Tuesday, 28 September 2010

I like the feel of a book.

Books are soft, they feel good in the hands, they have a certain weight. Then there is sentimentality: those carefully chosen books from a dear friend or lover, something is written inside the cover, there are pressed flowers in there somewhere as well, you read the book on some exotic holiday and the pressed flower is a memento. I have a book with rose petals from  a garden in India and all the wonderful people I met there wrote a memento inside. And books look good, there is design and artistry involved in creating the cover, they are meant to be seen and displayed and enjoyed.There are books with tear stains, coffee stains, locks of hair inside.I love my old books that when opened up have squiggles drawn inside by my children when they were toddlers.I remember the intense look in their little faces as they turned the pages, studied the content, and then drew a little toddler whirl with a biro. They even then knew there was something important about books and acknowledged this in their own way.Will ebooks bring the same joy and pleasure? No, they are sterile, cold and hard.Book sales may be diminishing but I don't think its because of ebooks taking their place, its a change environment, exciting, but its not the funeral of books, too much pleasure at stake.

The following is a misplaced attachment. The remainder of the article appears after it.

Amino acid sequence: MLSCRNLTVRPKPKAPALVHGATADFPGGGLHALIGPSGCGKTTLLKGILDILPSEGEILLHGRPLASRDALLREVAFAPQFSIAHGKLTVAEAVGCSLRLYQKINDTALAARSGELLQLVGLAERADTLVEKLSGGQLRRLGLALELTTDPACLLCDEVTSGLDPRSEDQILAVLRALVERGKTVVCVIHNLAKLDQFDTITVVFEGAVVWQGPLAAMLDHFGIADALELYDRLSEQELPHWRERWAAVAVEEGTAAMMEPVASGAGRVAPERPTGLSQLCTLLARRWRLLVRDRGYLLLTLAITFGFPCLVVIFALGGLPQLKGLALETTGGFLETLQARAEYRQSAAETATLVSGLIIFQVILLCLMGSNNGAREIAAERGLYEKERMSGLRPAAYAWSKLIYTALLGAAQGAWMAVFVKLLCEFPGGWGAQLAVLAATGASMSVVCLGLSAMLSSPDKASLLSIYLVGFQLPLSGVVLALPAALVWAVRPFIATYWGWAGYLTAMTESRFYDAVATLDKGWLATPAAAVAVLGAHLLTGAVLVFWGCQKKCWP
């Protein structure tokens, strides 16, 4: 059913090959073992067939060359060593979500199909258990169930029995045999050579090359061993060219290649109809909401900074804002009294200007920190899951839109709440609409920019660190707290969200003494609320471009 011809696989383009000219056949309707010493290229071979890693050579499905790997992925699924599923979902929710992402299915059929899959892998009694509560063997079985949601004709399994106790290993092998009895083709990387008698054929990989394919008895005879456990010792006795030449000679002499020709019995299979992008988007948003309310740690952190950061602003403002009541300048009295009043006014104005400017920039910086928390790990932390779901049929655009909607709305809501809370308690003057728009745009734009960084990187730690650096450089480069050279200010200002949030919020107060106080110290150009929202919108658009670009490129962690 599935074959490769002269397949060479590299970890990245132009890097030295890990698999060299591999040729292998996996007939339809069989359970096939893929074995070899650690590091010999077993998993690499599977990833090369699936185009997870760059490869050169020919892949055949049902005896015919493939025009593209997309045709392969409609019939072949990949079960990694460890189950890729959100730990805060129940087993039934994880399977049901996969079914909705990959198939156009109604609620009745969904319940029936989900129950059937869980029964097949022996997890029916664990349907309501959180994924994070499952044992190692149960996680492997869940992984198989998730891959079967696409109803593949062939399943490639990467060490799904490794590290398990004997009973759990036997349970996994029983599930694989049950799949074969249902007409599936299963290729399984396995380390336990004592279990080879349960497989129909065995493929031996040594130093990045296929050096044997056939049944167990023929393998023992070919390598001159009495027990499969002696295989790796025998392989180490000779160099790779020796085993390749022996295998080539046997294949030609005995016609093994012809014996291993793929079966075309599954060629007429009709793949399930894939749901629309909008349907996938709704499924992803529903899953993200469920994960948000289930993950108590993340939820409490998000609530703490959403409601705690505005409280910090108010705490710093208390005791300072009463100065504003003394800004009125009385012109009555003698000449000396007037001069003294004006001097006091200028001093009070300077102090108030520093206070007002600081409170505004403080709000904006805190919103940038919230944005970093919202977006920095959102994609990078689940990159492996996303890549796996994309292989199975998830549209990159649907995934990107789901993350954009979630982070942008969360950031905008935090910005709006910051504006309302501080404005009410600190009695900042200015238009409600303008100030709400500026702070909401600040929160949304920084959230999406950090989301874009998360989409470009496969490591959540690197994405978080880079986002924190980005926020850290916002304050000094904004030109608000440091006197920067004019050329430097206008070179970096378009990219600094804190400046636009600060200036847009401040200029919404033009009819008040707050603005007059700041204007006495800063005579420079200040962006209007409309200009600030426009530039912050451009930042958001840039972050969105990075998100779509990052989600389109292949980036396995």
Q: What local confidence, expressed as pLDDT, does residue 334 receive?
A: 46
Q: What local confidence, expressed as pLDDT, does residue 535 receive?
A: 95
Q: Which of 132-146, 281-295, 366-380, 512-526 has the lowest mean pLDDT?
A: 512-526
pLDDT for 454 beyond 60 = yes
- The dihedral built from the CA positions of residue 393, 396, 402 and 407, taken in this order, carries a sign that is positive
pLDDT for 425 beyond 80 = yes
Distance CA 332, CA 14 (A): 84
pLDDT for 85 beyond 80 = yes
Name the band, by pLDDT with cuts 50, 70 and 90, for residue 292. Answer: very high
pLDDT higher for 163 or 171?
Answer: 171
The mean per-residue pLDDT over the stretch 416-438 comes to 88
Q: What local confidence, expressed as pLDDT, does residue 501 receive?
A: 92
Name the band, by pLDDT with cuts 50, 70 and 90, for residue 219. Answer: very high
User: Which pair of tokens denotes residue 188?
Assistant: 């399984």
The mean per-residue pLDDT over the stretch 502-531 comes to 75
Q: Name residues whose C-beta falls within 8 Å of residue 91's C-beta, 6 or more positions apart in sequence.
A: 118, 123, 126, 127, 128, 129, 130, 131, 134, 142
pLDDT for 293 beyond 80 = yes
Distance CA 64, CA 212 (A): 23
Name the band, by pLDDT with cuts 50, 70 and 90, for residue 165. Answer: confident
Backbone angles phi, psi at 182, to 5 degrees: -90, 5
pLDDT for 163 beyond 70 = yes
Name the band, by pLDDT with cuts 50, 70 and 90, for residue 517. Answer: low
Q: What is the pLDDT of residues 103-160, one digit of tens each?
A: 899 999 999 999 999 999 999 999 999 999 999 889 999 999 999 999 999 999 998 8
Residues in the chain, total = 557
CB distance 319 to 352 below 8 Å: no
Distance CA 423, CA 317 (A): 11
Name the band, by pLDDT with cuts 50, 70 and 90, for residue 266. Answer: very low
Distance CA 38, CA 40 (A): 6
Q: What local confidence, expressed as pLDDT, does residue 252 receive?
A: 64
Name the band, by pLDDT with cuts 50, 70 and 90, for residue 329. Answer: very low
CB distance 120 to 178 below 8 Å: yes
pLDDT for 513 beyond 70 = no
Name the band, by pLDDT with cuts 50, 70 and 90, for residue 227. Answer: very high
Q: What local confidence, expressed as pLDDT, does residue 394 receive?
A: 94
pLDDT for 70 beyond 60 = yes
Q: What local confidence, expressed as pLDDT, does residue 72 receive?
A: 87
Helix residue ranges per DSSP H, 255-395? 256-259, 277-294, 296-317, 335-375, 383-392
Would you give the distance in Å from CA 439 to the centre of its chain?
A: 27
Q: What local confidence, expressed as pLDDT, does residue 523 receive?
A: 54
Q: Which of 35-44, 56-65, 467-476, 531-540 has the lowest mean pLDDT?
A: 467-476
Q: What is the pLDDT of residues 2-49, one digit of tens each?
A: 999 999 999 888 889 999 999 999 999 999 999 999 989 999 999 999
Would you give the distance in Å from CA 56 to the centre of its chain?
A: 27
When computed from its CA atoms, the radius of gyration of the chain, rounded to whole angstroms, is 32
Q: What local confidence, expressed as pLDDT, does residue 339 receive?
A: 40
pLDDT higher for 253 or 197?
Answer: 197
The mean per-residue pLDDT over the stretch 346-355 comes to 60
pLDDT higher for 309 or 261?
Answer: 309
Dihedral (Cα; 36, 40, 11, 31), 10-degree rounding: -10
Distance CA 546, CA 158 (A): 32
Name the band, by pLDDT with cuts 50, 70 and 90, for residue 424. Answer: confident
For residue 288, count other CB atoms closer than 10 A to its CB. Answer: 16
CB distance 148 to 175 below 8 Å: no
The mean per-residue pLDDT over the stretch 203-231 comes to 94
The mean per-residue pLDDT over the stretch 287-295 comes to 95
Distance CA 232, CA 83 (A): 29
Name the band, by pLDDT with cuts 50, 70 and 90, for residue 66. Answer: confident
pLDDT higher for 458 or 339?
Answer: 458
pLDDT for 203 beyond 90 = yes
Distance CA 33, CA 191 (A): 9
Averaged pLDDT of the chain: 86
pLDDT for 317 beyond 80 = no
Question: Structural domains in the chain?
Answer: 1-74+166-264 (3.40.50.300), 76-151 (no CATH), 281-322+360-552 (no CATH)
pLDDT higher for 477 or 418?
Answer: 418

Monday, 27 September 2010

Five men rule the world.( Sadly no women)